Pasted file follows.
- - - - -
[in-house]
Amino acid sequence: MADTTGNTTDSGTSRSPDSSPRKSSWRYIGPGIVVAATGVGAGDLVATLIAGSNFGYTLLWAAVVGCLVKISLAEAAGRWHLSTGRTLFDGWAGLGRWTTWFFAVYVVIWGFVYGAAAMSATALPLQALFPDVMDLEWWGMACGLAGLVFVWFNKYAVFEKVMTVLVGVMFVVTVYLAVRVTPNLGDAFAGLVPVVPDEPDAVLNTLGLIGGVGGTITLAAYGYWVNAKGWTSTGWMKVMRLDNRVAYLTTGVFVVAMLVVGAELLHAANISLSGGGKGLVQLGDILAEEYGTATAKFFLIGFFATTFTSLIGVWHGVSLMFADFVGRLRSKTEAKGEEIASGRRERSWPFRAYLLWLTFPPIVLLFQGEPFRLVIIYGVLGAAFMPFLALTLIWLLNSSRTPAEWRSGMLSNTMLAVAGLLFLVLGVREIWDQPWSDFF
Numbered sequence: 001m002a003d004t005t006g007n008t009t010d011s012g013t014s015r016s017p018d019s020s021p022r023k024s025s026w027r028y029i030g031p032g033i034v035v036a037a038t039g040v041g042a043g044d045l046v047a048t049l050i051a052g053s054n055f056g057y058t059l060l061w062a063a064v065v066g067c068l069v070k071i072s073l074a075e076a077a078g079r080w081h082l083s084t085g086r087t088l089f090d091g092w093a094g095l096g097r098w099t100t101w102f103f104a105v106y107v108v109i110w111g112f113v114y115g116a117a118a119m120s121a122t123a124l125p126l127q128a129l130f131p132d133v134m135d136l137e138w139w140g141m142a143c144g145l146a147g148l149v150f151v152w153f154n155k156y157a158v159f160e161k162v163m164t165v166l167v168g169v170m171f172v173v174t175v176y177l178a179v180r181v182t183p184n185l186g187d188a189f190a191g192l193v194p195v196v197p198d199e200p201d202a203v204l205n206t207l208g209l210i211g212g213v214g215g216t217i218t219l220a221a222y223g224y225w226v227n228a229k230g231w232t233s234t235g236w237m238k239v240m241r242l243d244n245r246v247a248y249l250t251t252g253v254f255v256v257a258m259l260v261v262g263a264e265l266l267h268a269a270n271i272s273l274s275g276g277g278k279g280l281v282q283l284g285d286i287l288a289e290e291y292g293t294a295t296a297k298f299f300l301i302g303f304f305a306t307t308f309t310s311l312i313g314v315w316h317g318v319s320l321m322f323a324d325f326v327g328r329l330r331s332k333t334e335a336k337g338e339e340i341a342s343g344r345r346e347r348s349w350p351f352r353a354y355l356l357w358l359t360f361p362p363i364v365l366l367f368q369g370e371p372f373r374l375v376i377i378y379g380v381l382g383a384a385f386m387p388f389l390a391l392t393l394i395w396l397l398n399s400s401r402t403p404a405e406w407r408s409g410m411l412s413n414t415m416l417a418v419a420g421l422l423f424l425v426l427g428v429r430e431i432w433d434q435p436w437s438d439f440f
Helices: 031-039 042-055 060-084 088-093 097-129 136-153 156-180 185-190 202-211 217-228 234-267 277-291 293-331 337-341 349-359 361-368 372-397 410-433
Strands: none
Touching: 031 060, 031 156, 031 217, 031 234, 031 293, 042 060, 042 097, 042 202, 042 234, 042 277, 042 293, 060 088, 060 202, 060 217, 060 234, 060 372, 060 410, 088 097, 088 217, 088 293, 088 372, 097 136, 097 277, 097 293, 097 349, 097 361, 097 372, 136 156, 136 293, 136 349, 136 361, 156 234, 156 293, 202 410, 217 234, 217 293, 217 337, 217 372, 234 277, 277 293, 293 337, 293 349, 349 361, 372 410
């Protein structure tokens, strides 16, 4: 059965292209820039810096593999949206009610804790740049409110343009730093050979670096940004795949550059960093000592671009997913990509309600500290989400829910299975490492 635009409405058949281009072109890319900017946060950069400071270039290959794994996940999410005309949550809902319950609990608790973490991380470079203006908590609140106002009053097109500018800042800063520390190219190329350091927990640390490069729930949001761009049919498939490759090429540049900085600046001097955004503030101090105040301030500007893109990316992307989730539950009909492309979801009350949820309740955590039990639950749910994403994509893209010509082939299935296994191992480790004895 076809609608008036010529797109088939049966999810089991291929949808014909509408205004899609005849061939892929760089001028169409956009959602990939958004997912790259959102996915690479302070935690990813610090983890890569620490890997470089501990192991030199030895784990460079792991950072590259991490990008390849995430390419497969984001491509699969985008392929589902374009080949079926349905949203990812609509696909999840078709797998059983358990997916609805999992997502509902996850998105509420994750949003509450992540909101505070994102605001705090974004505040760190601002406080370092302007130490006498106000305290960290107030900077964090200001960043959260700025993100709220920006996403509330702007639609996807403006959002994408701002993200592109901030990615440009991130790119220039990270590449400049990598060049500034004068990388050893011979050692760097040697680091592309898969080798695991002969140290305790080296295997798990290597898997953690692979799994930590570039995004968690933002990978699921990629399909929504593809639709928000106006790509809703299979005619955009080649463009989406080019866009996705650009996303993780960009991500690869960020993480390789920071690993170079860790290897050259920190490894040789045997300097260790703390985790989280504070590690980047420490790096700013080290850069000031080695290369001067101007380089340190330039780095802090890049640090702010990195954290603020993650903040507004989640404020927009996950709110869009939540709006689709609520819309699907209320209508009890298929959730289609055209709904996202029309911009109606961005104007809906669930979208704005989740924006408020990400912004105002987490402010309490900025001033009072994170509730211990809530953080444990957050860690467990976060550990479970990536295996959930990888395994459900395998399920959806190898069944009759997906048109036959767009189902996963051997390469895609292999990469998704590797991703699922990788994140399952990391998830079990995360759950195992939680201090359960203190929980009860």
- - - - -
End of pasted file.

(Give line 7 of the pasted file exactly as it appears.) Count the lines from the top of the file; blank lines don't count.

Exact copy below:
């Protein structure tokens, strides 16, 4: 059965292209820039810096593999949206009610804790740049409110343009730093050979670096940004795949550059960093000592671009997913990509309600500290989400829910299975490492 635009409405058949281009072109890319900017946060950069400071270039290959794994996940999410005309949550809902319950609990608790973490991380470079203006908590609140106002009053097109500018800042800063520390190219190329350091927990640390490069729930949001761009049919498939490759090429540049900085600046001097955004503030101090105040301030500007893109990316992307989730539950009909492309979801009350949820309740955590039990639950749910994403994509893209010509082939299935296994191992480790004895 076809609608008036010529797109088939049966999810089991291929949808014909509408205004899609005849061939892929760089001028169409956009959602990939958004997912790259959102996915690479302070935690990813610090983890890569620490890997470089501990192991030199030895784990460079792991950072590259991490990008390849995430390419497969984001491509699969985008392929589902374009080949079926349905949203990812609509696909999840078709797998059983358990997916609805999992997502509902996850998105509420994750949003509450992540909101505070994102605001705090974004505040760190601002406080370092302007130490006498106000305290960290107030900077964090200001960043959260700025993100709220920006996403509330702007639609996807403006959002994408701002993200592109901030990615440009991130790119220039990270590449400049990598060049500034004068990388050893011979050692760097040697680091592309898969080798695991002969140290305790080296295997798990290597898997953690692979799994930590570039995004968690933002990978699921990629399909929504593809639709928000106006790509809703299979005619955009080649463009989406080019866009996705650009996303993780960009991500690869960020993480390789920071690993170079860790290897050259920190490894040789045997300097260790703390985790989280504070590690980047420490790096700013080290850069000031080695290369001067101007380089340190330039780095802090890049640090702010990195954290603020993650903040507004989640404020927009996950709110869009939540709006689709609520819309699907209320209508009890298929959730289609055209709904996202029309911009109606961005104007809906669930979208704005989740924006408020990400912004105002987490402010309490900025001033009072994170509730211990809530953080444990957050860690467990976060550990479970990536295996959930990888395994459900395998399920959806190898069944009759997906048109036959767009189902996963051997390469895609292999990469998704590797991703699922990788994140399952990391998830079990995360759950195992939680201090359960203190929980009860």